A report from the National Audit Office out today revealed that the roll-out of rural broadband is two years behind schedule. Stian Westlake, Nesta’s Executive Director of Policy & Research comments.

"Delays in the roll-out of rural broadband threaten to further exclude rural communities - and the UK as a whole - from the 'new industrial revolution' that increased bandwidth will provide. This news comes with crippling economic consequences: broadband is a stimulus to innovation and long term economic growth in the 21st Century economy - just as trains were to the industrial revolution.

"Some of the most exciting breakthroughs we might expect to see in the next decade or two will depend on infrastructure like superfast broadband. Indeed, Korea has spent $25 billion in deploying superfast broadband, an investment that has helped make it a global hub for the development of video games, new online services, and cloud computing. In the UK, broadband is the life blood of our creative industries, which represent 10% of the UK economy and have grown four times faster than our the UK workforce as a whole. Bandwidth usage increases 50 per cent year on year: a two year delay in roll-out will not just isolate our rural communities, but the wider UK economy too.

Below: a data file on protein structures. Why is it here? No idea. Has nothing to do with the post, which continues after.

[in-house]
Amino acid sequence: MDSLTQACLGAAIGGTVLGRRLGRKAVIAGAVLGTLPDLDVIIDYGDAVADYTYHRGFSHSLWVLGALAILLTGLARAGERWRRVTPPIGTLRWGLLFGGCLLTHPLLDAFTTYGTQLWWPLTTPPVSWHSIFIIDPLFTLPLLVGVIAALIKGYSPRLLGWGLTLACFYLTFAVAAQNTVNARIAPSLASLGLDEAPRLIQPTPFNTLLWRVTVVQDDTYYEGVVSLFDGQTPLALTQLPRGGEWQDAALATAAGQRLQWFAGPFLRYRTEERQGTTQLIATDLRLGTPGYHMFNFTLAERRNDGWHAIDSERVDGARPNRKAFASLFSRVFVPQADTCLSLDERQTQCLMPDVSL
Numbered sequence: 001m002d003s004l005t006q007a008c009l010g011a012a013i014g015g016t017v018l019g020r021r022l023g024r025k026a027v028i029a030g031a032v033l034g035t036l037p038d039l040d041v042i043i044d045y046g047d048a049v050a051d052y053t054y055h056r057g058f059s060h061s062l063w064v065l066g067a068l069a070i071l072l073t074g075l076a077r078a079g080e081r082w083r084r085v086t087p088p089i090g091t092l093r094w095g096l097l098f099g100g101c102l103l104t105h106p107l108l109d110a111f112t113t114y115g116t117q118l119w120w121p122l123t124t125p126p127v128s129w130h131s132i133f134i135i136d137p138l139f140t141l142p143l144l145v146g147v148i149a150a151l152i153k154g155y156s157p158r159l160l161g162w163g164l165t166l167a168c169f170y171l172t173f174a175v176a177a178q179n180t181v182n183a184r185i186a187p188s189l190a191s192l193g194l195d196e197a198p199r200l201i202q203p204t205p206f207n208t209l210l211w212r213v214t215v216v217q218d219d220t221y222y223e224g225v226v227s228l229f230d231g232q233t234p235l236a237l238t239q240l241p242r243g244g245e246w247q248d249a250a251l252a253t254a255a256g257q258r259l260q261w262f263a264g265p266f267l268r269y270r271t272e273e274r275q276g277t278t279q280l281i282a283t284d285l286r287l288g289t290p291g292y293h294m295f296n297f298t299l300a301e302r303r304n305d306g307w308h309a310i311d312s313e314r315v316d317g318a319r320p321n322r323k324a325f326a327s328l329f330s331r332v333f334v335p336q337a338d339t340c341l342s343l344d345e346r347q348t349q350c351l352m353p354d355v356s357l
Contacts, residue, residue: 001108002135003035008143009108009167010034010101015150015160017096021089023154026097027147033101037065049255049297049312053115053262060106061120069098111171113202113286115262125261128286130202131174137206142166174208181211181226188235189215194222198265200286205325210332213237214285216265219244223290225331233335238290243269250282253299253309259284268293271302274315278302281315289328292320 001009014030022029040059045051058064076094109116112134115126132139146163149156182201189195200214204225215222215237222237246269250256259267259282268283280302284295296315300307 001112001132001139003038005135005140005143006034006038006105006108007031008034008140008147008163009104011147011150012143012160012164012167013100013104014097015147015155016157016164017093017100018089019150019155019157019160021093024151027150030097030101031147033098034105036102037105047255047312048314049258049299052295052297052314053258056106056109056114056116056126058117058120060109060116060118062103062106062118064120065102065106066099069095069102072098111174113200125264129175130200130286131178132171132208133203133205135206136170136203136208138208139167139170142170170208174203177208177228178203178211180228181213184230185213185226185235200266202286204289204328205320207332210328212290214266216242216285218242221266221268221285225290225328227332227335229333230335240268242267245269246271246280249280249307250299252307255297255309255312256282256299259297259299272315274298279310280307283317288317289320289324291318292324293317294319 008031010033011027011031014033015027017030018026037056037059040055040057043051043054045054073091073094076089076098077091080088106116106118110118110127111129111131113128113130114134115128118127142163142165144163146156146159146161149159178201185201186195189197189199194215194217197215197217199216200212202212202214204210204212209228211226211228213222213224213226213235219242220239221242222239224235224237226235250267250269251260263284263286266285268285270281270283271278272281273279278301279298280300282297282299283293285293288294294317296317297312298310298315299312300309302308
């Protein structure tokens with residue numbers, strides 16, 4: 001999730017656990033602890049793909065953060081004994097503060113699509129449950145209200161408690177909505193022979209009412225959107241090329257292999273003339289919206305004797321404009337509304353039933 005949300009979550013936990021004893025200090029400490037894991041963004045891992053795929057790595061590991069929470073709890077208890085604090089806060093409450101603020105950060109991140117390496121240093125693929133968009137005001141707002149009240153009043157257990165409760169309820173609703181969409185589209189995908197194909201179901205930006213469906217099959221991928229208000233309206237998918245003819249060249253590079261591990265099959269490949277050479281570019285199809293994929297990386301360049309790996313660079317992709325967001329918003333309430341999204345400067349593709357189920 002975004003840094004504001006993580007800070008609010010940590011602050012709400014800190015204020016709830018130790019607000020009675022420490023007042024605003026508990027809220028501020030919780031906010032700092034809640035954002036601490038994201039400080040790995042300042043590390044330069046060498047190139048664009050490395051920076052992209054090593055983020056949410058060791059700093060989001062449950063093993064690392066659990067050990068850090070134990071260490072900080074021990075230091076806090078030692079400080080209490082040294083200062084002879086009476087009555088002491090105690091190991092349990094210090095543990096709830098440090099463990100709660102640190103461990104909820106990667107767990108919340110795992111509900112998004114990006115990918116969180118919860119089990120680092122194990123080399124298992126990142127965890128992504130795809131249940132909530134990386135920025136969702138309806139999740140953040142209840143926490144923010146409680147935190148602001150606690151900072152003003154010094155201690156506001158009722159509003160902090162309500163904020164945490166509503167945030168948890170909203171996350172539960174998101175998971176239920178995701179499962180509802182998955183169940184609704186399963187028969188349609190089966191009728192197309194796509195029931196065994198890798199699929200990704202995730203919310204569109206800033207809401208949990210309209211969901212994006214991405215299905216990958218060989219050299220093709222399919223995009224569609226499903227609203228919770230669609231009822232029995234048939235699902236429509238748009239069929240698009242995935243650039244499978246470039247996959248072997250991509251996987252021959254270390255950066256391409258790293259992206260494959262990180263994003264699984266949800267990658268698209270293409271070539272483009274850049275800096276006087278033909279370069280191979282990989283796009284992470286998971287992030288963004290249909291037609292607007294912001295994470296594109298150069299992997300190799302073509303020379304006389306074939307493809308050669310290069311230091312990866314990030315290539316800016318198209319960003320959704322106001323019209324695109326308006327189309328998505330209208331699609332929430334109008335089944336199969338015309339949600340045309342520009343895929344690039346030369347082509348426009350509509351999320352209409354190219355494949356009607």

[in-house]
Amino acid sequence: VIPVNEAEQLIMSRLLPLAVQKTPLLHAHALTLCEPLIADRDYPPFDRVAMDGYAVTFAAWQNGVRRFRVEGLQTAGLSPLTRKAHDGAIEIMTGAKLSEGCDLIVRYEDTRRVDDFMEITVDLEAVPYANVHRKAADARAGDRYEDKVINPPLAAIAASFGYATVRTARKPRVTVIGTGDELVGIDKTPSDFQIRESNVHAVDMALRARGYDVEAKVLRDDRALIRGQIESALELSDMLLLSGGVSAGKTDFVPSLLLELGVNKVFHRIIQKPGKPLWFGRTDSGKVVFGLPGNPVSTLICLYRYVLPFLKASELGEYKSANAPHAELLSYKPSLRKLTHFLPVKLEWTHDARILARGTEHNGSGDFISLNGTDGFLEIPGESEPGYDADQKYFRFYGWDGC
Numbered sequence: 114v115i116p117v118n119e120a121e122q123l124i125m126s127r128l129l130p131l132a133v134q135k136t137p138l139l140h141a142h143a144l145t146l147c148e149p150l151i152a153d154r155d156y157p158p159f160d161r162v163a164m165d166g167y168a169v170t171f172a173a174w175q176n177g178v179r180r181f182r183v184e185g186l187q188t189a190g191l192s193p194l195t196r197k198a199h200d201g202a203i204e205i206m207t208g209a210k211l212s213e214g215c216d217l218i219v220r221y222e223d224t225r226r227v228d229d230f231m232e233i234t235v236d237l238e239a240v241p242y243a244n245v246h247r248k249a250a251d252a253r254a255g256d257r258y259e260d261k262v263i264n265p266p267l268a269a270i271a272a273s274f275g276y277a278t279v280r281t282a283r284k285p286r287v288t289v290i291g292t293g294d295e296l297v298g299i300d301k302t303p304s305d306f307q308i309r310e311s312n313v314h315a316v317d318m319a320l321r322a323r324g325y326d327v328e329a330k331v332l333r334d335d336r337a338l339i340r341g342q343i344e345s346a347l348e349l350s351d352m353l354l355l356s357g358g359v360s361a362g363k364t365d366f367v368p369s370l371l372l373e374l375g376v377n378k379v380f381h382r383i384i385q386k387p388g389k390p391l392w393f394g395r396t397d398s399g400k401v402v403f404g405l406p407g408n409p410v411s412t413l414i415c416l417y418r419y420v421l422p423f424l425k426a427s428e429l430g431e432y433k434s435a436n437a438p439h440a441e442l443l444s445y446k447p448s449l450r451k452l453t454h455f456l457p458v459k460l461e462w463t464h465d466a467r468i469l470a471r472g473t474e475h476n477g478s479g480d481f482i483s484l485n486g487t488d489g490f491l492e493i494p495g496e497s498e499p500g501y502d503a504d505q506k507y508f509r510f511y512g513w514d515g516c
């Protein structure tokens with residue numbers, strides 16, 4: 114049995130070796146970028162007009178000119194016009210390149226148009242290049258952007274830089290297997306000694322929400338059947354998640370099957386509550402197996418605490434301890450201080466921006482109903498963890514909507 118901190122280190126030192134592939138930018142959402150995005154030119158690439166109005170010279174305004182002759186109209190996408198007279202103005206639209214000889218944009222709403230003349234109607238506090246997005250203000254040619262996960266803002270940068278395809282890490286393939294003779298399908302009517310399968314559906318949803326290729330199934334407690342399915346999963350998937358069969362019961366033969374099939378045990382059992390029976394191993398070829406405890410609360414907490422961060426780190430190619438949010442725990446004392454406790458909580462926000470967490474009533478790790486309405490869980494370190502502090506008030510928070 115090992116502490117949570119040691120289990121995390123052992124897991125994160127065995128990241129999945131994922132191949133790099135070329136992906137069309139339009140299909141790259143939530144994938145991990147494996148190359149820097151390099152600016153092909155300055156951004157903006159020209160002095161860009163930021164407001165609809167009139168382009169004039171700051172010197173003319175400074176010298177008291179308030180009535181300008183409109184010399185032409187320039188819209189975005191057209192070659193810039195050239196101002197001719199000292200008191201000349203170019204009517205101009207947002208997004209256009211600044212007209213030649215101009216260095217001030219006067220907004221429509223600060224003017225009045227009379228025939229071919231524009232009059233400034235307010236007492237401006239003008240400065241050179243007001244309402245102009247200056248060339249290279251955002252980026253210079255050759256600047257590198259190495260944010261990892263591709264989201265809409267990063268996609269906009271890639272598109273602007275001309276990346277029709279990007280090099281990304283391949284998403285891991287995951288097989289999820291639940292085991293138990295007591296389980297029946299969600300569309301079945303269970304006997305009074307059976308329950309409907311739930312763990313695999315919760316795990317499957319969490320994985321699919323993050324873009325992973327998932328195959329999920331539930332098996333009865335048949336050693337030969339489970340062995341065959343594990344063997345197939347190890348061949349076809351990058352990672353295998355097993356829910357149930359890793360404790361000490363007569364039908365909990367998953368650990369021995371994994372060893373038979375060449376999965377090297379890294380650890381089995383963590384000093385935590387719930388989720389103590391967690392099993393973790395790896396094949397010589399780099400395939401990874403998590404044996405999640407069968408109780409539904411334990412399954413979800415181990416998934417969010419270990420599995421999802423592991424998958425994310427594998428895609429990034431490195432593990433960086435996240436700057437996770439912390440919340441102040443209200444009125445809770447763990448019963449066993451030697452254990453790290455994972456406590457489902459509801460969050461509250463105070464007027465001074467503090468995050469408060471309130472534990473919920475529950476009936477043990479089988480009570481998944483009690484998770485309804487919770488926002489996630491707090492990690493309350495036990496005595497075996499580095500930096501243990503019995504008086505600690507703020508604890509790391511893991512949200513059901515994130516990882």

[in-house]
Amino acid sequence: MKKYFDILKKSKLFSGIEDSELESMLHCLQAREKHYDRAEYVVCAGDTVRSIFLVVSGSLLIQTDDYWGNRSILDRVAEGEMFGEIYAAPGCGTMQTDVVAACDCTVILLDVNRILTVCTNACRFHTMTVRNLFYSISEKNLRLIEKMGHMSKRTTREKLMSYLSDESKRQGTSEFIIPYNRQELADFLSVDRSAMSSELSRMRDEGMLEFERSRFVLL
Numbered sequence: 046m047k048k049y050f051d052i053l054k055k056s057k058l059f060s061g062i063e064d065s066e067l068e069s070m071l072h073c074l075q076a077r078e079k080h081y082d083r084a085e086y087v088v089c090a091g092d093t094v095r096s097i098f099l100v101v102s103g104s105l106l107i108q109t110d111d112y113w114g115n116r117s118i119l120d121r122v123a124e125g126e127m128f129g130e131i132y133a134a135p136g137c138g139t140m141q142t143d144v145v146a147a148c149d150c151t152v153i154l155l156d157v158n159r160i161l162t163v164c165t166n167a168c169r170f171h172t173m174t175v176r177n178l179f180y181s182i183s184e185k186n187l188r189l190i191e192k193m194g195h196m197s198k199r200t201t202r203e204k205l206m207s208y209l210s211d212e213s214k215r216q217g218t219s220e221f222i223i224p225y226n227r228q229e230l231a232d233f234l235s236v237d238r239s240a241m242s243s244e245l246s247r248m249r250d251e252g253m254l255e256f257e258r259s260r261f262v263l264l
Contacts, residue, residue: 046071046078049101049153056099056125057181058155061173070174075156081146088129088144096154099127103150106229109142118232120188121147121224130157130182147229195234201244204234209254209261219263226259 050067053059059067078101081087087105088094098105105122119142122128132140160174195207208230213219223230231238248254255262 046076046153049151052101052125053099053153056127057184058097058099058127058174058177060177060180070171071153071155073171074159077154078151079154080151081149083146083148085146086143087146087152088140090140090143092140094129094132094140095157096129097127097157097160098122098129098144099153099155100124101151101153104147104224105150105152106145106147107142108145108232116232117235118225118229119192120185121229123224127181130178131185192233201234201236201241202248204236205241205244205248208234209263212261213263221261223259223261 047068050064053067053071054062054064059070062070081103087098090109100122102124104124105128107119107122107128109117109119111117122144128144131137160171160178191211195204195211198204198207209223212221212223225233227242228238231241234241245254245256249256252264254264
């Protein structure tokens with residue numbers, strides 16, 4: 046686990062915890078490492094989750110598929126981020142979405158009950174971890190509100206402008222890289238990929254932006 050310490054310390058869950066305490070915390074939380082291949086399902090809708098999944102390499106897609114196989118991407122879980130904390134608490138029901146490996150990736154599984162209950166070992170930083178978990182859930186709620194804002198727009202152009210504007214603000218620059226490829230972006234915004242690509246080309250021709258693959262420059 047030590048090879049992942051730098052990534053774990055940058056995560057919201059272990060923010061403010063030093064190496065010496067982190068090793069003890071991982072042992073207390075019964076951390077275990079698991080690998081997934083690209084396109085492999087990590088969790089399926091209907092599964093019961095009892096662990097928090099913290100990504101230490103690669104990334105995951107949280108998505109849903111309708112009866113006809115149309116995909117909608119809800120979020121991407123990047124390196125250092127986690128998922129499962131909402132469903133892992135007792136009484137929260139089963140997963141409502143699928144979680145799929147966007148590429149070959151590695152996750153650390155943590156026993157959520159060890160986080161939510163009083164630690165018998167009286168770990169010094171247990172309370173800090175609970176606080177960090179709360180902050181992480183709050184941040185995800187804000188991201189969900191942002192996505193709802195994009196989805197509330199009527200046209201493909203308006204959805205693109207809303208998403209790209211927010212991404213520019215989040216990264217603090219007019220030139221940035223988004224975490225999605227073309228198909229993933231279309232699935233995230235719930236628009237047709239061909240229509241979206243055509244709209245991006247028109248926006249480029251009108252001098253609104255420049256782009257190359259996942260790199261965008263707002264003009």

"Projects like Broadband for the Rural North (B4RN) in Arkholme are showing that you can deploy super-fast fibre broadband to rural areas cheaply. The incumbent providers should learn from these innovative, community-led projects. For half the cost of the over-budget and discredited HS2 project, we could provide every home in the country with 1,000Mbps fibre optic broadband. This report provides a good chance to ask ourselves whether our limited resources are best spent on railways, the infrastructure of the 19th Century, or nationwide broadband, the infrastructure of the twenty-first."

Stian Westlake

Photo taken by Dimitry B.